And for comparison purposes, the image without texture.

No Textures

No Textures

Break Down

13 Jan

Did you hear the second guitar riff?  The one buried in the back of the song, beneath the drums, lead guitar, vocals, mandolin, lap steel, banjo, oboe and didgeridoo?  Yes, conversations like this really do happen in my life…the musicians in my life are very passionate about their craft.

Did you feel the horse shift his weight from his front end to the hind legs when you reset the head and sit deeper in the saddle?  Can you feel his muscles relax as you ride through the serpentine?  Did you push him into the circle with the inside leg, while holding with the outside leg and supporting with your seat?  Yes, I have conversations like this with my barn-friends too.

It seems that with most things we are truly passionate about, we become interested in the smallest details, appreciating the little things that others may miss.  In part, I think this is because mastering the details is a step on the road to mastering a craft.  Photography, of course, is no exception.

As we’ve already discussed, one of the things that separate the photographer from the hobbyist is the work a photographer will put into getting an image just right.  “Good enough” is never good enough.  One of the driving forces behind that, I think, is passion.

Often, I find myself appreciating the minute details of other photographer’s work – the decisions they made on depth of field, exposure, etc  are both interesting and educational to me.  I remember watching one of Trey Ratcliff’s videos in which he talked about editing an image down to, in essence, the pixel.  Such intricacy and detail was a striking example of the work a photographer puts into getting an image right.  I have since carried that lesson with me, determined to apply it to my own photos.

This week, I took a drive to Portland, ME and stopped (of course) at the iconic Portland Head Light.  It is a highly photographed lighthouse, with limited options for POV because of safety fences (which of course I respected!).  As I looked through the camera, I kept thinking, “This angle’s been done.”  So, I determined that if I couldn’t come at the lighthouse in a way that was fresh, I would at least make my version – which ended up being a composite of both two exposures and a pano series – accurate to my vision, down to the smallest detail.

Portland Head Light

Portland Head Light

Turns out, that meant three days of editing.  At times, that also meant editing to the pixel.  I must have re-blended the exposure layers 15 times until I have happy with the masking gradients.  In the end, however, I think it was worth it.  It may not be revolutionary, but dang it, it’s solid! =)

Item of the week (because it’s nice to think about being warm!):  http://www.zazzle.com/cozumel_postcard-239914153140274747

To HDR or Not to HDR?

30 Nov

…That is the question.  As High Dynamic Range photography continues to grow in popularity, “To HDR or Not?” becomes an important question for several reasons.

First…what is HDR? The short, layman’s term answer is a process meant to create an image with tonal range that is more comparable to what the human eye can see, as compared to an image captured with standard digital techniques. Often, with standard digital techniques, it is difficult to expose all parts of a scene properly at the time of image capture. For example, without filters or some sort of post processing, a landscape shot taken on a sunny day would likely have either areas that were blown out or under-exposed.

The process of HDR photography combines multiple images of the same scene, all with different exposures, through use of an algorithm that pulls the best pixels from each image to create a composite that has a greater tonal range than any of its individual components. That’s a checkmark for the ‘pro’ column!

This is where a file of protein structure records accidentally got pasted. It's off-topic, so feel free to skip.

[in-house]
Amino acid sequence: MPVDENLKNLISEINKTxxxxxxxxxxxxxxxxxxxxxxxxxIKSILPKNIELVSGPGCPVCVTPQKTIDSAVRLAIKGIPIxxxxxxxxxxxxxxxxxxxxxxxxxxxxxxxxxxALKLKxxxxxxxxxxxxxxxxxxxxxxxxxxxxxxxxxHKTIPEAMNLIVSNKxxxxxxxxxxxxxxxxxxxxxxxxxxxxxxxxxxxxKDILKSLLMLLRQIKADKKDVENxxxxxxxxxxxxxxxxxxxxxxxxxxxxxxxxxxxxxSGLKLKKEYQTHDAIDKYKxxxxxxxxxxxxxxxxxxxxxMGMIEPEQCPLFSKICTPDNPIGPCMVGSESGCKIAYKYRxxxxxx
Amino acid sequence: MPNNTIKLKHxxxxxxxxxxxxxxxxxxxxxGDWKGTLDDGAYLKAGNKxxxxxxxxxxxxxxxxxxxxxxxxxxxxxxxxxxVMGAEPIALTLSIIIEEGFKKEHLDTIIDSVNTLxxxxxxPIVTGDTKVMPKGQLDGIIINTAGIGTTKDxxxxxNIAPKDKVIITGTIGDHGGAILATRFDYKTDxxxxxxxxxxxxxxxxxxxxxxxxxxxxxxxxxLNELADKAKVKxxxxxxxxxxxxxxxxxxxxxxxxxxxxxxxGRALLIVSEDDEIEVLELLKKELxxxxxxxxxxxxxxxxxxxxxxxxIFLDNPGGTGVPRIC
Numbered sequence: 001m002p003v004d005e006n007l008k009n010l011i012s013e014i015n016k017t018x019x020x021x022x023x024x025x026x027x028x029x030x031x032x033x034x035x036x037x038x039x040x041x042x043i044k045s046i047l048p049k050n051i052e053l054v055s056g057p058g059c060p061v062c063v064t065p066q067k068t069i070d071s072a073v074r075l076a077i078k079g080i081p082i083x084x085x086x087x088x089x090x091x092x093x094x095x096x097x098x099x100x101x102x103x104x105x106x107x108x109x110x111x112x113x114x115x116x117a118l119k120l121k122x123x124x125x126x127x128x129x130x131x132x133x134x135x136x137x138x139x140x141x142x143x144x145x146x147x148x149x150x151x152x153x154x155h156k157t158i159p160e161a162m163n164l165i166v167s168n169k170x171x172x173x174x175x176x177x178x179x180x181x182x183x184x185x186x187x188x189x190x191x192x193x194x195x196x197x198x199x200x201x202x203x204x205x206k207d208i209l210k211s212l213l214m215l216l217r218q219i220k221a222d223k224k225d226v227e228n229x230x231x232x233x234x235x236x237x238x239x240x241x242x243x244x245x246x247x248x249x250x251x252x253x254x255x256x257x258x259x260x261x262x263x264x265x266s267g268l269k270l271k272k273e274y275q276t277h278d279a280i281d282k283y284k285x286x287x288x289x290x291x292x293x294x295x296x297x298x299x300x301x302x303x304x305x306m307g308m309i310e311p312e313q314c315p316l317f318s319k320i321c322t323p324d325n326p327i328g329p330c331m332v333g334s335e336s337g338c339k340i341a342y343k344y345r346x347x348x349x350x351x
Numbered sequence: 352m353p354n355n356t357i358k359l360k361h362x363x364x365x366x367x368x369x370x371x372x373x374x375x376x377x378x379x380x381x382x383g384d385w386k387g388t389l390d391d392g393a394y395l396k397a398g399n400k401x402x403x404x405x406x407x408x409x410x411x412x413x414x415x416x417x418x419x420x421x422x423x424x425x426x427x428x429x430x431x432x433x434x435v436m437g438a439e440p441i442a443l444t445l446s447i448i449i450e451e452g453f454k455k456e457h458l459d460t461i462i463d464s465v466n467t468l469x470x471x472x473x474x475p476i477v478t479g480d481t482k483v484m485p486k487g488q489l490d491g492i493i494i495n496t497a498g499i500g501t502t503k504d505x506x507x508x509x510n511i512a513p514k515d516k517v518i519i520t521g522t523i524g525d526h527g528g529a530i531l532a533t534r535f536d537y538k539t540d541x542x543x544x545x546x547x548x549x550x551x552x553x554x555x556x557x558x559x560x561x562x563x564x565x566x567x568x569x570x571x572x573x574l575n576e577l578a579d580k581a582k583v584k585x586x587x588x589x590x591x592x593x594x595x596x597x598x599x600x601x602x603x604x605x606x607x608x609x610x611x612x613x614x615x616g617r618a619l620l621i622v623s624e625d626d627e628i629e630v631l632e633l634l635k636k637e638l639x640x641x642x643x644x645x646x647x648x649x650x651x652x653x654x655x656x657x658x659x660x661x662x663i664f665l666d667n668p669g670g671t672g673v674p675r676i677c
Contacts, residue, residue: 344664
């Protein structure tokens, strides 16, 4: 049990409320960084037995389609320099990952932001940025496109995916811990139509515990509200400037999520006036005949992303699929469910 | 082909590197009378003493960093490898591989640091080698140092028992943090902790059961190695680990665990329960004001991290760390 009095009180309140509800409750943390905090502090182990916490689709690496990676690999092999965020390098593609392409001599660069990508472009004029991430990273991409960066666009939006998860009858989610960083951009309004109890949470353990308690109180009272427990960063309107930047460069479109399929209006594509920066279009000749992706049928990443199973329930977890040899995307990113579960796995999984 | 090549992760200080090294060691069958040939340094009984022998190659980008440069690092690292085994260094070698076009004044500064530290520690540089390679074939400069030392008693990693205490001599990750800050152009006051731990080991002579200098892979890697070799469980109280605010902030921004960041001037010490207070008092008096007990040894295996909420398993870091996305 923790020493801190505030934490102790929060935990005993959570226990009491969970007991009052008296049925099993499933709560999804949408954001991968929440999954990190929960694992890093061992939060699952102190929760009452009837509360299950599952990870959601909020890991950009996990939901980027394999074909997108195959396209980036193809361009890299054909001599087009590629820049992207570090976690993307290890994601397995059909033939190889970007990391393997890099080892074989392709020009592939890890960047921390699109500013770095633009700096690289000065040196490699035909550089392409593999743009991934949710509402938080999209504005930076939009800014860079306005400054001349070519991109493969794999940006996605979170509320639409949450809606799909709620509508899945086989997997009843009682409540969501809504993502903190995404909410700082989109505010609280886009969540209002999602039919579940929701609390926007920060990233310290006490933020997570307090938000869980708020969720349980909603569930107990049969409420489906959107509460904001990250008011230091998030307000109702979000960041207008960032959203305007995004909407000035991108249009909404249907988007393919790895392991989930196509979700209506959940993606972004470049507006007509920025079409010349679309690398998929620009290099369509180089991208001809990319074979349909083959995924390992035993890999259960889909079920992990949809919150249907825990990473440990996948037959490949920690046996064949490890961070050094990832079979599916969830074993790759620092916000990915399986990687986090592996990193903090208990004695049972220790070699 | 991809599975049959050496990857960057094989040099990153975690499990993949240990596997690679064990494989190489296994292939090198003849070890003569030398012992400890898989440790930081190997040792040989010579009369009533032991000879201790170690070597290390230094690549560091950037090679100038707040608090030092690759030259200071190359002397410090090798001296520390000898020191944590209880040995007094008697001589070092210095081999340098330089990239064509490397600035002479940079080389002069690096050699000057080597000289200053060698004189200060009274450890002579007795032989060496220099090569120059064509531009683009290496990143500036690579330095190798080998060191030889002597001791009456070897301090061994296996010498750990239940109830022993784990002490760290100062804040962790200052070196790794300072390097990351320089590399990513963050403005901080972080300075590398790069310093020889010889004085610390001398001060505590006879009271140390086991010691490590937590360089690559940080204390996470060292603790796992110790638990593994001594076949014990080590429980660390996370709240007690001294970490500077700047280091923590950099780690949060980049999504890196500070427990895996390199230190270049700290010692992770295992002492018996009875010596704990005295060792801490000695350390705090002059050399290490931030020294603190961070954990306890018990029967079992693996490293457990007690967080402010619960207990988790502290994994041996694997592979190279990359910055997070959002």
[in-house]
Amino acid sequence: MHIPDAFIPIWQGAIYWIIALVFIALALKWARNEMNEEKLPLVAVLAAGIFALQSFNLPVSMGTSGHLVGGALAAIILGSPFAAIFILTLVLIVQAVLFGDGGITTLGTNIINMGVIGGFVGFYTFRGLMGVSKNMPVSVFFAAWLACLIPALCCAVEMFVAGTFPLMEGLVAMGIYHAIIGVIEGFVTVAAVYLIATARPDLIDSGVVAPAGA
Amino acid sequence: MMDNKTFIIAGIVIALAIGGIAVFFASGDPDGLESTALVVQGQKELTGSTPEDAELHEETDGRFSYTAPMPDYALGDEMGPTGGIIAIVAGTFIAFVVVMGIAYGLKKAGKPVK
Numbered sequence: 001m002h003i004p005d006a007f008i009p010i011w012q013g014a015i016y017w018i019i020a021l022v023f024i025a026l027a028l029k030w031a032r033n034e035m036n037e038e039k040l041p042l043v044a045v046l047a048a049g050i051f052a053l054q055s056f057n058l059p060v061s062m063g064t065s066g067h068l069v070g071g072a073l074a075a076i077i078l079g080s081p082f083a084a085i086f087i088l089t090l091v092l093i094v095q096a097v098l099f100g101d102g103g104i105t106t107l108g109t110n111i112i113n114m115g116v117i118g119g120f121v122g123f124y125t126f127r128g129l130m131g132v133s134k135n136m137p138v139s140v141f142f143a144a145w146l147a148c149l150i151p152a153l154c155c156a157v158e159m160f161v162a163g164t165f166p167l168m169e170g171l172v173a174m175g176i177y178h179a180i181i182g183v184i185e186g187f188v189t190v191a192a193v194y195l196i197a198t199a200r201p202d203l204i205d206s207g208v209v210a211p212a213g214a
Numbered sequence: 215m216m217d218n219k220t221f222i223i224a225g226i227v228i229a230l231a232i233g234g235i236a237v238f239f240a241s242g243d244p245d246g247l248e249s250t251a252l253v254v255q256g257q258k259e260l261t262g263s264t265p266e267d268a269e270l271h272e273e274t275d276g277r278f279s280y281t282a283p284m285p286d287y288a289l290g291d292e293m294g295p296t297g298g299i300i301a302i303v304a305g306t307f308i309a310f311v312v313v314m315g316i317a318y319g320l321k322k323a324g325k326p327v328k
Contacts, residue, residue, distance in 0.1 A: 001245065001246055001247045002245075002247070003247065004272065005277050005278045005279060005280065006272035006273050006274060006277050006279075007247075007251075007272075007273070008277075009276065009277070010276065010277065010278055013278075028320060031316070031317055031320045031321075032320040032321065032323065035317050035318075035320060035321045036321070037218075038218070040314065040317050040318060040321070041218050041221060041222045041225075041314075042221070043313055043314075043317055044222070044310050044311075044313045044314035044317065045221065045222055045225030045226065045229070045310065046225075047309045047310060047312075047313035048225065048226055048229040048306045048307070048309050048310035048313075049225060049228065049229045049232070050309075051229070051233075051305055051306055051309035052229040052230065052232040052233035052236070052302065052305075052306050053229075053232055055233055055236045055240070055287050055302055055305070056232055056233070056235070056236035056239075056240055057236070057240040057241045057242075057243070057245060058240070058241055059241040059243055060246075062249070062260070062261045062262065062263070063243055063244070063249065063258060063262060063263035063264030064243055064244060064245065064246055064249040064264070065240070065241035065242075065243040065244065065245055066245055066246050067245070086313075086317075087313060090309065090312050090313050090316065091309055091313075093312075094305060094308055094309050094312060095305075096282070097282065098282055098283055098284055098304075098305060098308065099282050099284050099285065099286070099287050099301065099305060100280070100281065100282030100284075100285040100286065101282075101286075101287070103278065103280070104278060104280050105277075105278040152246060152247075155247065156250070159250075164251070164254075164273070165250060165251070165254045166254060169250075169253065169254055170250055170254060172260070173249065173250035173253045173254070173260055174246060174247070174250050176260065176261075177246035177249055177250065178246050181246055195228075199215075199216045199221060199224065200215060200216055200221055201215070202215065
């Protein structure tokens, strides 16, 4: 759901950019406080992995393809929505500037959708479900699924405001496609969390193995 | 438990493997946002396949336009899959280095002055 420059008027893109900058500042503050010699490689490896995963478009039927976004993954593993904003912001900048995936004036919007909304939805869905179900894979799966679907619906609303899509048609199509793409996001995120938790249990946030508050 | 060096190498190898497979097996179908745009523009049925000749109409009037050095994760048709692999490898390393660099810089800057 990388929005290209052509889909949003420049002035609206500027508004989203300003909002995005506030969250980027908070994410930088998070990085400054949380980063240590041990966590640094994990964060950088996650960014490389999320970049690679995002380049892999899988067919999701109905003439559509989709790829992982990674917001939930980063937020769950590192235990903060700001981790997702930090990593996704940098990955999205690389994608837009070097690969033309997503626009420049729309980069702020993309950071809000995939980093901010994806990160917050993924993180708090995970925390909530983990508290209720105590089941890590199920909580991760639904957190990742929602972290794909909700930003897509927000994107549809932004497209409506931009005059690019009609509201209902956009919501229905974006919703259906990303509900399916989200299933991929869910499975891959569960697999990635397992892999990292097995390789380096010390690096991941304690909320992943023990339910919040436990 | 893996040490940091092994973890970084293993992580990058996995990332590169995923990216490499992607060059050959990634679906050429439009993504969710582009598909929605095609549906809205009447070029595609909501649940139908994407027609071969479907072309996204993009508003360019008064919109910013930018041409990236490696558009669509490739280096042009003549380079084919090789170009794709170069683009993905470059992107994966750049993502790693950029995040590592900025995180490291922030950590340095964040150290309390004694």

Non-HDR vs HDR

Non-HDR vs HDR

Now for the ‘cons’…  In my mind, most photos are improved by a wider tonal range. In fact, the problem many people seem to have with HDR images is not the concept of a more dynamic range, but rather, it’s the individual artist’s application of the process. 

The major complaint I’ve heard time and again is that often HDR images, as a result of tone-mapping and color saturation decisions, look “fake”.  Tone-mapping is a process of compressing the brights and darks of an HDR composite image, and as one photographer put it, over-compression makes the image look like “HDR on drugs”.  Along those same lines, some artists over-saturate the already-wider range of tones to create images with colors that seem unnatural.  Truly, beauty is in the eye of the beholder and every photographer must create images that are true to their style…but if the intent is to create a photo that is closer to what the human eye can see, then over-compression and saturation misses the mark.

While there will forever be disagreement between traditionalists and non-traditionalists, there are arguments to be made for HDR beyond that of greater tonal range.  From a marketing perspective, HDR is growing in popularity.  Whether you embrace the change or not, our current consumers are showing appreciation for HDR and while it may not become your signature style, it wouldn’t hurt to have some knowledge of the process.

Furthermore, if you are the sort to plan for the long term, HDR images often have an appearance that is similar to the computer generated images seen in video games and movies.  That means that the younger generations (AKA future consumers) will easily identify with HDR images, and in time, may even prefer them to images processed with traditional techniques.

That being said, at this time, while I often bracket when shooting, I treat every photo as an individual during the editing process.  Many times, my personal preference is to try to create images that have greater tonal range but have a more natural feel than something that has been noticeably tone-mapped and has heavy saturation.  If I can accomplish that with layers and masks, I will.

Layers and Masking

Layers and Masking

On the other hand, if the photo calls for HDR, then so be it.  I’m an equal opportunity photographer!  But that’s just me…  What I want to know is, how do you feel?

To HDR or not to HDR…?  That is the question.